I can say for the Ingall’s horse-Old Charlie—I deem him a good horse in his class, for the carriage and road. He is from the Hill, Vermont, Black Hawk, and they are a good stock of roadsters.
In conclusion, gentlemen, while it is a hard thing to say, I am compelled to say it: I have seen some horses in your county that should be regarded as unworthy of your support. I do not in all cases charge it as a direct meanness for a man to try and palm off an unworthy and apostate horse, for sometimes a man may be quite ignorant of what constitutes a good horse.
The four last consecutive years before coming to your State I passed through my hands 500 different horses. I have also given the different breeds of horses a great deal of study. I have owned and kept standing in my own barns three different blooded horses at a time. I have marked the development of each one's progeny, and in this way I have learned by ocular demonstrations that everything so very essential in breeding depends on good crosses. This, gentlemen, is the reason I have recommended to you such horses as I did. One man in Albany, N. Y.-Mr. Cutler—of the
Transportation Co., purchased 34 of these Sampson horses of me, besides all the draymen of that city, to whom I sold; and my native county of Wayne is to-day gleaned of those excellent draft horses. I come now to your own State to show the demand. For the first ones introduced in Lenawee and Hillsdale counties, last year, I see by reports of the Hudson Gazette, there were sold to parties in Pennsylvania, to the amount of $18,500, mostly the breed of Sampsons. Lastly, gentlemen, cast about this coming year, you who intend to breed, and see if you can't commence an improvement in elevating the standard of your much treasured animal, the horse, by selecting your best mares. Do not expect an old broken-down mare will do to breed from. Moreover, do not look for the cheapest sire. If you have no horse in your immediate vicinity, send your mares abroad, or form a club and purchase some good blooded stock horse. In this way you will soon be able to exhibit a class of young horses that will defy competition for miles around you.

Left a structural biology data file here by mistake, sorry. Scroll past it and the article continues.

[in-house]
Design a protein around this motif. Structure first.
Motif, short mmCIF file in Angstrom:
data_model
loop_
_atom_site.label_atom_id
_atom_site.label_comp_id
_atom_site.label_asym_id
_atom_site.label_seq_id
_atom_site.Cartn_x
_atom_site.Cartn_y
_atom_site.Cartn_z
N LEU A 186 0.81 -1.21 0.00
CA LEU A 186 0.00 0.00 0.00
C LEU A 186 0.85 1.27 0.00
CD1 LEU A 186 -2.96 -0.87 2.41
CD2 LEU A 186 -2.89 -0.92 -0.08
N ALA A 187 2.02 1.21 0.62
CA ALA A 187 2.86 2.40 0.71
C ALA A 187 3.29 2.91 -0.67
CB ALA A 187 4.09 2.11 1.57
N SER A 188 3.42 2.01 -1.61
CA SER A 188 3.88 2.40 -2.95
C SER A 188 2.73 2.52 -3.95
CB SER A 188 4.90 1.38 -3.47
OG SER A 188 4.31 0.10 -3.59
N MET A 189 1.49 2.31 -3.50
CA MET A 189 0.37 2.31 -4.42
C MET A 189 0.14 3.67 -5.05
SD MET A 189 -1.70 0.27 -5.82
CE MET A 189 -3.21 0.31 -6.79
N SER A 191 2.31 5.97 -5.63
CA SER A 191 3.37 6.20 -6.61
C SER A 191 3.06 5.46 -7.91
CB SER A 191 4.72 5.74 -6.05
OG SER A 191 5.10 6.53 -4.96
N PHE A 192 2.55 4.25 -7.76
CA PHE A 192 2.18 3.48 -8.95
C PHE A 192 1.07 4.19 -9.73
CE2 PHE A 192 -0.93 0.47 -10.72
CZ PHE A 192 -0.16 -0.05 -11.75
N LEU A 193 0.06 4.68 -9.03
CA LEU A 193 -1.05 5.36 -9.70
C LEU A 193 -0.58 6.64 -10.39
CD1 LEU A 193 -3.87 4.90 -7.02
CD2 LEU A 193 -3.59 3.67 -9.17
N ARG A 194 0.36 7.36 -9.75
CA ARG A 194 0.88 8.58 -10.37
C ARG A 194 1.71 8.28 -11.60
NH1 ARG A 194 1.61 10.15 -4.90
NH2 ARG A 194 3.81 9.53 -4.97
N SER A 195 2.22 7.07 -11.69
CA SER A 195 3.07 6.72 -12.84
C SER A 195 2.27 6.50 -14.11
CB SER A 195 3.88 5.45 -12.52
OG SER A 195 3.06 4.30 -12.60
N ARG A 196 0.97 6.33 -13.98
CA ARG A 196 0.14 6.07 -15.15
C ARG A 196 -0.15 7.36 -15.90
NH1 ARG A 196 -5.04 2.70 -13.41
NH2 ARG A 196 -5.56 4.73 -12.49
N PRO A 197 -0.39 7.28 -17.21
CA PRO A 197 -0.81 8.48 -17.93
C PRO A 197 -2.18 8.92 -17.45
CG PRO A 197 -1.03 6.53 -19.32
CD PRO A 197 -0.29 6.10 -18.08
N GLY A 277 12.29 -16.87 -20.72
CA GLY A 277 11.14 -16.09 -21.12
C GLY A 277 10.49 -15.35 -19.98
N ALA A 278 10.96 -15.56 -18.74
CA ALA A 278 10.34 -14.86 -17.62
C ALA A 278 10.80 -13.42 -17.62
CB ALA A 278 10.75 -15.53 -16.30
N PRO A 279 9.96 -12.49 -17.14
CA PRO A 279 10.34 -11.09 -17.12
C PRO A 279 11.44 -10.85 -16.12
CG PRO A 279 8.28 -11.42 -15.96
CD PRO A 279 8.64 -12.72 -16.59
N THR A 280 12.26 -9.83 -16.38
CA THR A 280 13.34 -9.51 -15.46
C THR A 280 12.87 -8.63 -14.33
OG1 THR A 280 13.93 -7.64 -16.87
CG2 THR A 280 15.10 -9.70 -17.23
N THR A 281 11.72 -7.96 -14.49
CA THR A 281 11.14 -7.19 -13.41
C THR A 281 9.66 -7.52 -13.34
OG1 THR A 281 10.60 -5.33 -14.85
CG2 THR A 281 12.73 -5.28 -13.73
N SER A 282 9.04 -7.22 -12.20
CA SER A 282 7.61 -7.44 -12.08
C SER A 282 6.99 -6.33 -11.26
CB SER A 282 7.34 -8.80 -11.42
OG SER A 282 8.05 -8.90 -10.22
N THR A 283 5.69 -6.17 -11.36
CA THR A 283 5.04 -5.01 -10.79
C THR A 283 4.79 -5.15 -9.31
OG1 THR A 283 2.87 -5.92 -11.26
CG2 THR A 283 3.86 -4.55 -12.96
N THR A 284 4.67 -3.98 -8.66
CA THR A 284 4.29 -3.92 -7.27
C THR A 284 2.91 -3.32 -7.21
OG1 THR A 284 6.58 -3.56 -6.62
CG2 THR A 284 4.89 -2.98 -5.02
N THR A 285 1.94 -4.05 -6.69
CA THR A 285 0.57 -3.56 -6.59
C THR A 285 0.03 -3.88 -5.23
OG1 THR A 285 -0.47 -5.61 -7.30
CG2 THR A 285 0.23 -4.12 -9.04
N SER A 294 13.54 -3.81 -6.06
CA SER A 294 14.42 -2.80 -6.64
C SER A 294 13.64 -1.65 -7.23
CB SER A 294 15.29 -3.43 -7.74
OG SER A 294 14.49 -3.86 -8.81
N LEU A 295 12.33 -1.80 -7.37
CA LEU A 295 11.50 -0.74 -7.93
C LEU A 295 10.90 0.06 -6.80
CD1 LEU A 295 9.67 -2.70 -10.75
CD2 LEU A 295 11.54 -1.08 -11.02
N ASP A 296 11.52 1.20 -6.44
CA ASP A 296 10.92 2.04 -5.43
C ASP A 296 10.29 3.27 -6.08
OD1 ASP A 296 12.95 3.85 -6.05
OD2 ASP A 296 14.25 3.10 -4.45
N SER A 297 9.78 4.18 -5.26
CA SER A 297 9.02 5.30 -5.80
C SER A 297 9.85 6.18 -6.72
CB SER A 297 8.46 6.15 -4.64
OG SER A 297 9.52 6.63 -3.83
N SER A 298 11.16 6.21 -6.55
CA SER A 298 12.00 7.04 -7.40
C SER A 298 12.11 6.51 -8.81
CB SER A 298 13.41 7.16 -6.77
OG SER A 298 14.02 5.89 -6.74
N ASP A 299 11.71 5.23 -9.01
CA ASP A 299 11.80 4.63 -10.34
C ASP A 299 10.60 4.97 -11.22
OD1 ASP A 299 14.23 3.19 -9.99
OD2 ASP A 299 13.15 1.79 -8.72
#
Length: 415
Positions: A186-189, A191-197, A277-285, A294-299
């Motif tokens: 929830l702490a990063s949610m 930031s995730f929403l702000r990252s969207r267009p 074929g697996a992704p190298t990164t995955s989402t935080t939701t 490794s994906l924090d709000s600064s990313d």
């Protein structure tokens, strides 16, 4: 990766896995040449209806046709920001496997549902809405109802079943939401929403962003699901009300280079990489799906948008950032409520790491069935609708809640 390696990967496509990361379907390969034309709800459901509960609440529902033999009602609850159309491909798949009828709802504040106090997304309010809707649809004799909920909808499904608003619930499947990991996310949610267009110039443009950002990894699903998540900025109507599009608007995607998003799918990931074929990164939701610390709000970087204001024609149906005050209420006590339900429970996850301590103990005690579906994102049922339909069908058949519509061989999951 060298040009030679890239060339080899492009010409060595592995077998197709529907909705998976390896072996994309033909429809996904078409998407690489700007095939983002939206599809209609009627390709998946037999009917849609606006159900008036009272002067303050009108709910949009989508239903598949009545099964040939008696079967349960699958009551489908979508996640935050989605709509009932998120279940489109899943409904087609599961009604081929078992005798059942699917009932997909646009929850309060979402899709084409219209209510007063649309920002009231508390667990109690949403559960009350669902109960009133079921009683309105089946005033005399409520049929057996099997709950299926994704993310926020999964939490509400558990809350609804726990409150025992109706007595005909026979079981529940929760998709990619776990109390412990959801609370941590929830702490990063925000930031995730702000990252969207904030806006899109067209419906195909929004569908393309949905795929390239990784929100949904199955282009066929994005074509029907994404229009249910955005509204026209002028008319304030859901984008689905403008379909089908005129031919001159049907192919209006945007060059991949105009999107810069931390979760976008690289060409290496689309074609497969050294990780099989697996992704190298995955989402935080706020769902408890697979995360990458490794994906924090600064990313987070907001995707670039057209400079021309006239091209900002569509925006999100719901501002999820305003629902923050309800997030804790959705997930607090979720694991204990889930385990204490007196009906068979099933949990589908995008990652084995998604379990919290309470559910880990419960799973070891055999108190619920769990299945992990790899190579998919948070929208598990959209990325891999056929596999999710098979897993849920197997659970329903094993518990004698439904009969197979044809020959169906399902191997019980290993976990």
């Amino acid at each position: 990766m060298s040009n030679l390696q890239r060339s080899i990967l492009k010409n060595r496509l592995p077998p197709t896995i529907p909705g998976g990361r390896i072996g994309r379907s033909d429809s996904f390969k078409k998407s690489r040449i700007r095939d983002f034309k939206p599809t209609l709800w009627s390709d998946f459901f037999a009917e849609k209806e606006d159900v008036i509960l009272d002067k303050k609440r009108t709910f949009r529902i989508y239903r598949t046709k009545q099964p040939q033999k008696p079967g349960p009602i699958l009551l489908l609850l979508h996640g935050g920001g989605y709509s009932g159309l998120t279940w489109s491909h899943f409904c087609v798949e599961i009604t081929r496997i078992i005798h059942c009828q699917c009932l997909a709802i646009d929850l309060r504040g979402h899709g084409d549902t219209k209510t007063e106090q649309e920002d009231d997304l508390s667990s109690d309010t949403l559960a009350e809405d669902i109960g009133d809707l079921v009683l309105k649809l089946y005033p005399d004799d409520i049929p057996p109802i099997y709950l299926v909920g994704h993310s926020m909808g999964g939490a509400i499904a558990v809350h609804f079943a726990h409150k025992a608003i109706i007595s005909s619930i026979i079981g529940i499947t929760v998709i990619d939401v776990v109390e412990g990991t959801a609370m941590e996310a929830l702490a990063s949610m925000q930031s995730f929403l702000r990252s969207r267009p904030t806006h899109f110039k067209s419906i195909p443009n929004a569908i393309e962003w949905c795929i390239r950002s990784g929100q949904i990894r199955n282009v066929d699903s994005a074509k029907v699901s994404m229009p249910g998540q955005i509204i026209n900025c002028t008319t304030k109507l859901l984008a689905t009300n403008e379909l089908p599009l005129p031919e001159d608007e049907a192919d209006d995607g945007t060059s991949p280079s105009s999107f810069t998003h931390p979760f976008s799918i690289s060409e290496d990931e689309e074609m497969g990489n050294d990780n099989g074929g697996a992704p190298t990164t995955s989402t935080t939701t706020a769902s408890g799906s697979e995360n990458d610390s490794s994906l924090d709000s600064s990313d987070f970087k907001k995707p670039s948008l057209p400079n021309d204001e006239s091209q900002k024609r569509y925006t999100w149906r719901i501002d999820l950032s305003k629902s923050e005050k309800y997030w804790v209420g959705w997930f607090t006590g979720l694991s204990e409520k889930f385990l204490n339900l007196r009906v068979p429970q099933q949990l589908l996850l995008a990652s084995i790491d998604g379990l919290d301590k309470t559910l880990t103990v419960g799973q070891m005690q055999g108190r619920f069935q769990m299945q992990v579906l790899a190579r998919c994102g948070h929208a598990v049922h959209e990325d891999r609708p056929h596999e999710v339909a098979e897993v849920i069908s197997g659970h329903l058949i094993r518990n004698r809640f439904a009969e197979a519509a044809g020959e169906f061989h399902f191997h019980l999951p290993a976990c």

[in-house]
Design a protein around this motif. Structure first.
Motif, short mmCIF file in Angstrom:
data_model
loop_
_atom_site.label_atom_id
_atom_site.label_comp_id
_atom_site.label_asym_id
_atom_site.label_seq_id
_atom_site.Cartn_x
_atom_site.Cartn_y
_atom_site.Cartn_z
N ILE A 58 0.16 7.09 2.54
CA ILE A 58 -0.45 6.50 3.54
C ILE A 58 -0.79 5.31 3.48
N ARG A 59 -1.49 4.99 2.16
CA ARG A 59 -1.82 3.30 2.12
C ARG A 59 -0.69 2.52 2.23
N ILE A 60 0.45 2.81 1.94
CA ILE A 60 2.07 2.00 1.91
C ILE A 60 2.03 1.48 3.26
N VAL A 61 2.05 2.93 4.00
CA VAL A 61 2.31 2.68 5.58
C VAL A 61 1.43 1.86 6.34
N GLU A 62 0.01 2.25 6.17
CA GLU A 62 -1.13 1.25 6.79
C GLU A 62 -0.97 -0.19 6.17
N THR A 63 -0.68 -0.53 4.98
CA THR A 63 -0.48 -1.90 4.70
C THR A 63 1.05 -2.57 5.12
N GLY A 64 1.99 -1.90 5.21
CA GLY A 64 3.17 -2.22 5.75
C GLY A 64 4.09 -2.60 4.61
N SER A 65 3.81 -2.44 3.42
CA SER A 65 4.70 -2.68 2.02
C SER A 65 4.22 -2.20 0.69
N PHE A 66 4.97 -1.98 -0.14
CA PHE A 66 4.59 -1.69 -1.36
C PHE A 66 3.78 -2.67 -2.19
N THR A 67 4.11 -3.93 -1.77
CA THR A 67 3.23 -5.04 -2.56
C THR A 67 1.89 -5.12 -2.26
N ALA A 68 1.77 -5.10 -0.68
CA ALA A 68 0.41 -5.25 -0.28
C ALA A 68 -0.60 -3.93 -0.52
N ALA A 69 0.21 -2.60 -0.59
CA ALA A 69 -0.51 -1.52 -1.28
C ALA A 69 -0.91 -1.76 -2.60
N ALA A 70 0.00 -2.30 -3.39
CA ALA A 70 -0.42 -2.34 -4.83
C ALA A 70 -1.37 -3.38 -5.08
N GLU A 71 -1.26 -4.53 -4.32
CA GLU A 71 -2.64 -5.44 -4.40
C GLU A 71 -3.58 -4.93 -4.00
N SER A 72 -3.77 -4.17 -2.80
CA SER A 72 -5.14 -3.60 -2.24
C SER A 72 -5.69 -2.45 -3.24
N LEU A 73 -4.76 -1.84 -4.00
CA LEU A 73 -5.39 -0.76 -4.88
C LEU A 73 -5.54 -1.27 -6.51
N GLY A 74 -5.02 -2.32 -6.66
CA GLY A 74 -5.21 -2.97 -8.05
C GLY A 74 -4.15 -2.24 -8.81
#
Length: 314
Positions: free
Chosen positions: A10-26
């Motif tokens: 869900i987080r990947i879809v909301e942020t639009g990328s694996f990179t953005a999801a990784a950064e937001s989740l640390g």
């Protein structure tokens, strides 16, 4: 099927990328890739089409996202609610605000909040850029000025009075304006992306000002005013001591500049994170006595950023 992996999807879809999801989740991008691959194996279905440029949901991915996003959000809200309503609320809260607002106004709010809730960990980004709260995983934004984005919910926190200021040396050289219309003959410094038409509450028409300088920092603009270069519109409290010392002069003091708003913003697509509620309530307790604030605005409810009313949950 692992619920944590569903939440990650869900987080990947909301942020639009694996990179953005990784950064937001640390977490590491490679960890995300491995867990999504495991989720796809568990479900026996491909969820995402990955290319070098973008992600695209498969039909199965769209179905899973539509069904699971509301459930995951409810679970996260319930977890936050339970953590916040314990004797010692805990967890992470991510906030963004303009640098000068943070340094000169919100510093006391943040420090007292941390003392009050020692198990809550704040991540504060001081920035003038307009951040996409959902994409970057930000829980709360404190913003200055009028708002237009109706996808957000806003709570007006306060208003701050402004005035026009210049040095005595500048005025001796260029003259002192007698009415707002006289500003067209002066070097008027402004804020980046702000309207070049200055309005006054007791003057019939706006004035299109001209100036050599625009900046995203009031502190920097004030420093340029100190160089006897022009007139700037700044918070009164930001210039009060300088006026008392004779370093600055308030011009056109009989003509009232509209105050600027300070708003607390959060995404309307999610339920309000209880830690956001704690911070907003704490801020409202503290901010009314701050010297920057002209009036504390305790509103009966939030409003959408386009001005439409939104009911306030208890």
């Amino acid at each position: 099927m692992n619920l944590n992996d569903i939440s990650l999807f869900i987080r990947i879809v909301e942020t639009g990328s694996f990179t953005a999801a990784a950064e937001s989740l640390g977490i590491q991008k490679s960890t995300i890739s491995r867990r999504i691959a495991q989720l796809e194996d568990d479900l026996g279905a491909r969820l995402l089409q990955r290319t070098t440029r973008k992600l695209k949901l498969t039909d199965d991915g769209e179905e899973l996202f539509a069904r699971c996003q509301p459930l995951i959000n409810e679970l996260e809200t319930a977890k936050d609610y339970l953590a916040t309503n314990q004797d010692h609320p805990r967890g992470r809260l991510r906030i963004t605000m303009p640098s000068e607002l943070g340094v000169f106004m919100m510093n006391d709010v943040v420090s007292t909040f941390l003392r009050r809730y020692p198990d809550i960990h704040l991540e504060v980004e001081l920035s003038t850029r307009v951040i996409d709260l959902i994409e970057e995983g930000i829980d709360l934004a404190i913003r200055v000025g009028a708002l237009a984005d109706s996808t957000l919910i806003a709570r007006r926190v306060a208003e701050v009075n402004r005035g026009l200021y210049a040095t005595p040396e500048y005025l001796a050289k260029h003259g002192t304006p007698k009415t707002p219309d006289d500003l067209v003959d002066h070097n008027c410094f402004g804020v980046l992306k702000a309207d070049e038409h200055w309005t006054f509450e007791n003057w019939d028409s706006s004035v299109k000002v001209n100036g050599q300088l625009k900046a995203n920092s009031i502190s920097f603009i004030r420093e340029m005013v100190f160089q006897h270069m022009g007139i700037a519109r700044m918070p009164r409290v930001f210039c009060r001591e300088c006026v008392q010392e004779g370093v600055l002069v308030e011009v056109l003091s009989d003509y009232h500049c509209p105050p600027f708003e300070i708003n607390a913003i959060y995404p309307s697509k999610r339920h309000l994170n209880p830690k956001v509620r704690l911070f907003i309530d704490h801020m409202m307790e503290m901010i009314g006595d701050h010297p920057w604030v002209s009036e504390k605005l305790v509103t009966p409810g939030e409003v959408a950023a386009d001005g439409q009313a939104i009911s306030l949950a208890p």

AN ADDRESS BEFORE THE SOCIETY, BY O. F. MILLER, DELIVERED AT THE